By Lauren Silva Laughlin
March 5, 2014

FORTUNE — Is Facebook overvalued? The social network’s shareholders have fared well since the company went public in mid-2012. Shares are up more than 80% since its IPO and have climbed steadily over the last six months. But investors have paused since Mark Zuckerberg, Facebook’s founder, announced on his page two weeks ago that his company was buying WhatsApp, a young but popular social network. The price tag: a shocking $19 billion.

It’s not just a matter of digesting the news. Investors already have lofty growth expectations built into the company’s stock price. And as the WhatsApp acquisition shows, Facebook (FB) is working hard to justify those assumptions partly with acquisitions — and it has good reason to do that. Based on at least one metric, a small blip to investors’ forecasts could skim nearly a tenth off the stock price.

In many ways, the WhatsApp acquisition makes sense. Scale is important to social networking. Bringing WhatsApp into the fold only makes Facebook that much harder to touch. “The large and rapidly growing user base attracts new advertisers and retailers,” Laura Martin of Needham recently said in a report. “We believe the scale of Facebook’s network represents a significant competitive advantage and a significant barrier to entry.”

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However, paying top dollar to grow can turn into a dangerous cycle. “It can be like a dog chasing its tail,” said Lawrence Hrebiniak, emeritus professor at The Wharton School of the University of Pennsylvania. If more interesting social networks photo-bomb this growing family portrait, Facebook will have to continue to purchase other companies to keep up.

Jim Chanos, the prominent bearish investor who runs hedge fund Kynikos, is skeptical that scale matters in general. He says he is worried “about the inability of these businesses to ‘scale’ profitability.” “Everyone points to Amazon as their valuation framework safe-harbor, not the scores of Internet road kill.” (Chanos is not currently involved with Facebook or similar companies.)

Investors don’t necessarily have to choose a side just yet. But it helps to consider how delicate Facebook’s stock price actually is, considering the outsize growth expectations for the company. Following Facebook’s acquisition of WhatsApp, analysts started to kick around a metric different than one that’s often used. Rather than value WhatsApp based on a revenue multiple, analysts showed how much Facebook was paying to acquire each individual WhatsApp user. That magic number was $42 per user ($19 billion for 450 million users).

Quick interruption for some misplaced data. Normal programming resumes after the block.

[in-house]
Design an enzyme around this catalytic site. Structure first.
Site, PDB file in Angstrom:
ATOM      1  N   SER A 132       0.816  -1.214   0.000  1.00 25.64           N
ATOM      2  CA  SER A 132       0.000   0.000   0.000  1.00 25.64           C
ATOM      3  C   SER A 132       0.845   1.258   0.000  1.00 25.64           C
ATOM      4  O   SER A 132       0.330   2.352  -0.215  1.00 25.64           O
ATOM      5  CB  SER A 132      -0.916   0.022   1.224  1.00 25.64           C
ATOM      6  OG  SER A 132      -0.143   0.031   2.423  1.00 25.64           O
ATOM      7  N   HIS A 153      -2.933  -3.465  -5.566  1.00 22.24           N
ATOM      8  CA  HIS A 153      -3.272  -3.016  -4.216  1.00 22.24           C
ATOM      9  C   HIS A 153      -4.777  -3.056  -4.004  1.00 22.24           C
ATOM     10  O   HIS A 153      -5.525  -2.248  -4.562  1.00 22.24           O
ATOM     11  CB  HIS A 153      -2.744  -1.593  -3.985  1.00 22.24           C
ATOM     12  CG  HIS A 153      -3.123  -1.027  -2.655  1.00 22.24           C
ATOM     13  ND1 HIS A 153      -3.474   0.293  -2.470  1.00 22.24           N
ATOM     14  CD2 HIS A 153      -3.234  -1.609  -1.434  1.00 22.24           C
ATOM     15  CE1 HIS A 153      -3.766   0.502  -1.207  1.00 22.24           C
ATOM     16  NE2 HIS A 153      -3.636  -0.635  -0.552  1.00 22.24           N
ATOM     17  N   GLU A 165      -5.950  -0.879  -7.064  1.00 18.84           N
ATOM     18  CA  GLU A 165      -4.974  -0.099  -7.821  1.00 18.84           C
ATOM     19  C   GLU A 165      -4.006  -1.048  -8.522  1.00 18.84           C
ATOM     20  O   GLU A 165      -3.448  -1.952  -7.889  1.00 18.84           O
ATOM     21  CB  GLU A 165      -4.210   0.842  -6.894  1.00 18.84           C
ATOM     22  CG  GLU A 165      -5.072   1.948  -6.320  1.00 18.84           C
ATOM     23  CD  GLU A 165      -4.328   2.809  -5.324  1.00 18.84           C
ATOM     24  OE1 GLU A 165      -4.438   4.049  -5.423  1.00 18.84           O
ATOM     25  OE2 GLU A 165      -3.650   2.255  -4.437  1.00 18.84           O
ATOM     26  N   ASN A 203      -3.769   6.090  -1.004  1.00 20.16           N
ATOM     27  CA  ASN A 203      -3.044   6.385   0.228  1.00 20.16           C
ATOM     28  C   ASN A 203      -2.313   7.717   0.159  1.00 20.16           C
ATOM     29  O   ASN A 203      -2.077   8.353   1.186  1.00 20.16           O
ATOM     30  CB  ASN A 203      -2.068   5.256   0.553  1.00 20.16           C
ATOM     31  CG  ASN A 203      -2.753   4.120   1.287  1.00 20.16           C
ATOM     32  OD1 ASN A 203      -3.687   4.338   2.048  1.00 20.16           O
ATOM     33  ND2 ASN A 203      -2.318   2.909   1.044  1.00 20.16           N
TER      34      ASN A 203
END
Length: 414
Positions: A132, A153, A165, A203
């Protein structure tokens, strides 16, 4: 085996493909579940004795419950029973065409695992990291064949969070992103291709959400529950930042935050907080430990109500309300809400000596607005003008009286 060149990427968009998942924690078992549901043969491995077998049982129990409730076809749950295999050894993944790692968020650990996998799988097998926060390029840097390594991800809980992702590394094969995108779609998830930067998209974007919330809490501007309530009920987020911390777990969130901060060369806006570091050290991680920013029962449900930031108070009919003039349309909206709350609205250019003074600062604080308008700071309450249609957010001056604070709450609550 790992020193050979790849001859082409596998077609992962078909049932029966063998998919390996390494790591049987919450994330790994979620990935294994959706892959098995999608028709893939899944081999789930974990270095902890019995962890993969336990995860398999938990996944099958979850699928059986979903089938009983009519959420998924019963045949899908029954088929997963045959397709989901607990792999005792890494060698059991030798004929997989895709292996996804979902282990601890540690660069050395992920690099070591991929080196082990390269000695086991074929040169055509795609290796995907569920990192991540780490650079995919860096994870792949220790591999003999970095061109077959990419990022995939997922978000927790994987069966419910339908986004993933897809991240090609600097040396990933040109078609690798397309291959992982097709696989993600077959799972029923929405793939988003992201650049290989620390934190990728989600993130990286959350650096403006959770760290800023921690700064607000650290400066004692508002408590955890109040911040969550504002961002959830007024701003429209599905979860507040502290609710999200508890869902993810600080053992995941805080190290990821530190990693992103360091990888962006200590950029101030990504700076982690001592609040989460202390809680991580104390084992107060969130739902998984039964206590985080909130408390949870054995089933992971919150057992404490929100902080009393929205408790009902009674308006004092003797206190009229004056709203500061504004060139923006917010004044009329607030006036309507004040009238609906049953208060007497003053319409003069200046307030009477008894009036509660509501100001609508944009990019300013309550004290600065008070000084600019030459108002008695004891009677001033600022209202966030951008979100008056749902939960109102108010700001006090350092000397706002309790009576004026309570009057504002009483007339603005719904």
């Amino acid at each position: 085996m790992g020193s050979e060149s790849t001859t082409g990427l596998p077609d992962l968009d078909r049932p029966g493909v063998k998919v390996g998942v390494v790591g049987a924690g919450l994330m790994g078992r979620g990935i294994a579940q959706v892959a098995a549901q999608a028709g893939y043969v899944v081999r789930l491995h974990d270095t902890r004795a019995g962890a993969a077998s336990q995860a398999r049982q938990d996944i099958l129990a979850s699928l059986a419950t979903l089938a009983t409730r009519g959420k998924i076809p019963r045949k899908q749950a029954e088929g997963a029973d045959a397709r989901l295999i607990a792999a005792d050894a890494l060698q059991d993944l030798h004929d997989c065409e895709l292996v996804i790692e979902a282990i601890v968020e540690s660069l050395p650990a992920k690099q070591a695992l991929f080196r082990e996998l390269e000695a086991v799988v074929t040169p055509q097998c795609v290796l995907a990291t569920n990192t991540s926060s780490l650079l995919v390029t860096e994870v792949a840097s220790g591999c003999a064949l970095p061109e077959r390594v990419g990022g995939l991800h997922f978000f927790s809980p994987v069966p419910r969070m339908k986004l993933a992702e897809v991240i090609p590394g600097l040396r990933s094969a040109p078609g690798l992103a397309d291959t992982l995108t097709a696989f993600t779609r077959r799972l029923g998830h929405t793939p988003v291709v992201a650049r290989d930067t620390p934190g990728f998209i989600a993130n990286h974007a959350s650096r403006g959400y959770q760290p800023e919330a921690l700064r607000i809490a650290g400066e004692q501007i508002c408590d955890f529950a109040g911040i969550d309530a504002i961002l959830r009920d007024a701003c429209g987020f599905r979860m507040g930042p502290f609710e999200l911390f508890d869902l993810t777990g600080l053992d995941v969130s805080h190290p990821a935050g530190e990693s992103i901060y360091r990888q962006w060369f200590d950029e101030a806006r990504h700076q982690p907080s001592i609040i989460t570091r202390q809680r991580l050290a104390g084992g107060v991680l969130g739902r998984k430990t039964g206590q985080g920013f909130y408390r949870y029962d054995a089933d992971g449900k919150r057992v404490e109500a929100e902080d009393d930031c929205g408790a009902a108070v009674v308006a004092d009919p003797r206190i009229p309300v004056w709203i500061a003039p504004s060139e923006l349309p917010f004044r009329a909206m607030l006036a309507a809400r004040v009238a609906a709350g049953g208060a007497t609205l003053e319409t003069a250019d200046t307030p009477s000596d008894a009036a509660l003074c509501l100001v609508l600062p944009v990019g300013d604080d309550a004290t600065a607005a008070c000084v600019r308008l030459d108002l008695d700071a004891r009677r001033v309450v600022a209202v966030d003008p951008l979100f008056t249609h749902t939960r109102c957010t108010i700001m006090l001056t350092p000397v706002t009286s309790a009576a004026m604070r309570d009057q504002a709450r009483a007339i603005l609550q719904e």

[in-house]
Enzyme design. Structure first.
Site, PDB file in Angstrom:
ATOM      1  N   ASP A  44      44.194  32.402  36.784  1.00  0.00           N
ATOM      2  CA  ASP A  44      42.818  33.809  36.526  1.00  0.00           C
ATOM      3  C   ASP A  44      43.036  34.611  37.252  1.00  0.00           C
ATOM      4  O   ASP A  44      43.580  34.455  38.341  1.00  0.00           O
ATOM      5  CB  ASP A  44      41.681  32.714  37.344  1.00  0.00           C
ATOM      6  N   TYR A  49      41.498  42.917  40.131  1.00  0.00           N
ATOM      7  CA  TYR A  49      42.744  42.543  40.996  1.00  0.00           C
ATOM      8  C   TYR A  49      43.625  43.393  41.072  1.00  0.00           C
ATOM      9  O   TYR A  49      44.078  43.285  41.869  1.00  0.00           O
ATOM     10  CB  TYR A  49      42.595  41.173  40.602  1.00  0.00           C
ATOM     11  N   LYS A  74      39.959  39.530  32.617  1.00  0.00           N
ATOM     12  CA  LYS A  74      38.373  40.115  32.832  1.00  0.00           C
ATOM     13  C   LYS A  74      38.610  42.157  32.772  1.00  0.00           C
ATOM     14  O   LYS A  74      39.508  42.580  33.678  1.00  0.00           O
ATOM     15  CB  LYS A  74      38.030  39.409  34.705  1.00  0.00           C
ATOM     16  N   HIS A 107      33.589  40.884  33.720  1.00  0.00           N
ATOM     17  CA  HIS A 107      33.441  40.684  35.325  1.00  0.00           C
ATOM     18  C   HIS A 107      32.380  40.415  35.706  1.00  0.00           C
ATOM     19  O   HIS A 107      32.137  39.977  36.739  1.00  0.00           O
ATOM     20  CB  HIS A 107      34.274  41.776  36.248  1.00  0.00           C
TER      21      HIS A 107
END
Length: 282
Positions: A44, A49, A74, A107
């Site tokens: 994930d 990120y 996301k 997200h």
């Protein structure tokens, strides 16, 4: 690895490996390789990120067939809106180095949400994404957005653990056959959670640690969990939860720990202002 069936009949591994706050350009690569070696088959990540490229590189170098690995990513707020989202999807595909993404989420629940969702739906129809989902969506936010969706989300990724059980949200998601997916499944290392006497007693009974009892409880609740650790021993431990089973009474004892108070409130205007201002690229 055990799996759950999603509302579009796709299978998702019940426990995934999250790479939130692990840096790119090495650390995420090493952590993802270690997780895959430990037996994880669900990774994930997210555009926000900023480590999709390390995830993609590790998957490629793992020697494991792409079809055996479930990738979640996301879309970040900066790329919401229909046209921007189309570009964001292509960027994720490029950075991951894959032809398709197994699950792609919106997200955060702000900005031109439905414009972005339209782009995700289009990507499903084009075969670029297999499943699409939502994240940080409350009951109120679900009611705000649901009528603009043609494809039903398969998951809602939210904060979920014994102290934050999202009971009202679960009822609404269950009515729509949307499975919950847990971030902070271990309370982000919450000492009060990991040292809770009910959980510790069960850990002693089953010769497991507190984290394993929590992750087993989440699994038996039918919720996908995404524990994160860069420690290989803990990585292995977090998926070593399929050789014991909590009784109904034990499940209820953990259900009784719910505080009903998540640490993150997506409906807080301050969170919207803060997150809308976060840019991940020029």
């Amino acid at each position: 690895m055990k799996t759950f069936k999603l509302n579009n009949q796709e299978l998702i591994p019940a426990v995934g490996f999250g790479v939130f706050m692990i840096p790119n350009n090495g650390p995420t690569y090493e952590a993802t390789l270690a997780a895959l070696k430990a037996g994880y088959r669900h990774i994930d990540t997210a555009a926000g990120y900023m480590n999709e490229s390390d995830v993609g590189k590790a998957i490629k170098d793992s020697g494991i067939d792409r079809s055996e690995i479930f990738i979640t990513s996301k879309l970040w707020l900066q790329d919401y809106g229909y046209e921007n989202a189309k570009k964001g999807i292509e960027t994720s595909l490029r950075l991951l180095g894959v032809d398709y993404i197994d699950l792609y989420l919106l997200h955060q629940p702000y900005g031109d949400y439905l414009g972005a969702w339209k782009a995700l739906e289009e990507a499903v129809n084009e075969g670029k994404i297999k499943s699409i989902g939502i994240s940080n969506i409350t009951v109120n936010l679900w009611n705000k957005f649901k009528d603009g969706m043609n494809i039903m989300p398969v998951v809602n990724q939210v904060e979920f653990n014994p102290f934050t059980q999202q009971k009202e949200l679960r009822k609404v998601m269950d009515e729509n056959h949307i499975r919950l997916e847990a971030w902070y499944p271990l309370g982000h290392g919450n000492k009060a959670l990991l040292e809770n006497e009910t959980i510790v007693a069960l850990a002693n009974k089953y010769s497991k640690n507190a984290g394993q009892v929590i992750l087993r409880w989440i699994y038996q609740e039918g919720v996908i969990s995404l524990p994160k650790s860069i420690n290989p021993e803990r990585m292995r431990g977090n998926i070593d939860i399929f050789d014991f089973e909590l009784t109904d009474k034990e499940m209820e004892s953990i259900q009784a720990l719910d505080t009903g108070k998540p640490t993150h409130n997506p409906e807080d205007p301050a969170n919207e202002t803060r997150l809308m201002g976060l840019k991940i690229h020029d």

It seems like a lot considering WhatsApp’s business: It takes in 99 cents per user one year after they have signed on. But Facebook’s users are worth $122 apiece at its current enterprise value of $167 billion, assuming the company hits Evercore’s expectations of around 1.4 billion users by the end of this year.

The hope is that Zuckerberg will add some kind of magic sauce to WhatsApp users so Facebook can jack up their value too. But it may not be that simple. First, Facebook’s users are worth more because they bring in more money for the company. Each Facebook user currently adds $6.73 to the top line. Evercore assumes this number will grow a quarter by the end of this year to $8.44, making each Facebook user worth some 14.5 times the revenue they contribute.

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Add that to the 16% more people Evercore assumes will join Facebook, and investors have to hope things continue on the up and up.

Say those estimates are a bit off: Revenue per user grows 20% to $8.08. It is still a lot, but not what investors currently assume. And say that users grow a tenth rather than 15%. Each Facebook user at the same multiple (14.5 times) is worth $117, and there are fewer to boot (1.3 billion users), valuing the company at about $151 billion. Add back Facebook’s $7 billion of cash, and the market cap of the company is about $158 billion, nearly 10% below its current price.

Small tweaks to a business model that needs to be scaled can be dangerous, especially when investors are paying top prices based on lofty growth assumptions

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